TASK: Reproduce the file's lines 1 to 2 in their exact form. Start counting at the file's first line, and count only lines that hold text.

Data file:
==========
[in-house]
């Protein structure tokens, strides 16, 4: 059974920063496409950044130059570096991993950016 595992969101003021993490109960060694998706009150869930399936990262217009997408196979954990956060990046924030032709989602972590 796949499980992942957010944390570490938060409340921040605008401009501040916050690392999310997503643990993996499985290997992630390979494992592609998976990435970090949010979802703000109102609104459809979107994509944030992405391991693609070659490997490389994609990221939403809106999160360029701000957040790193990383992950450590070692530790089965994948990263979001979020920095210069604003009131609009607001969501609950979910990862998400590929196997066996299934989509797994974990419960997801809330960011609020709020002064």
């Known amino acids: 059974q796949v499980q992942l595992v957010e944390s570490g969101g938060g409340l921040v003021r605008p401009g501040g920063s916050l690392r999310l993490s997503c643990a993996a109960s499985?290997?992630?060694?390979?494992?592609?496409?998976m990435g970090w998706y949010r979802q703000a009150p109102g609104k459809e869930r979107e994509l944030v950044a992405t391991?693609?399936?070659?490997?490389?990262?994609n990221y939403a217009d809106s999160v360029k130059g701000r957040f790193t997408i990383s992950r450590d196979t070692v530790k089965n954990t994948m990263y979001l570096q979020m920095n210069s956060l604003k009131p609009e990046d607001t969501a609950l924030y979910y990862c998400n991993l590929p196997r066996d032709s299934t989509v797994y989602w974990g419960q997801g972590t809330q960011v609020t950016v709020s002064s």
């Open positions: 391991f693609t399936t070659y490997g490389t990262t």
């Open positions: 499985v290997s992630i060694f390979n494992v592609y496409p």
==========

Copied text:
[in-house]
């Protein structure tokens, strides 16, 4: 059974920063496409950044130059570096991993950016 595992969101003021993490109960060694998706009150869930399936990262217009997408196979954990956060990046924030032709989602972590 796949499980992942957010944390570490938060409340921040605008401009501040916050690392999310997503643990993996499985290997992630390979494992592609998976990435970090949010979802703000109102609104459809979107994509944030992405391991693609070659490997490389994609990221939403809106999160360029701000957040790193990383992950450590070692530790089965994948990263979001979020920095210069604003009131609009607001969501609950979910990862998400590929196997066996299934989509797994974990419960997801809330960011609020709020002064």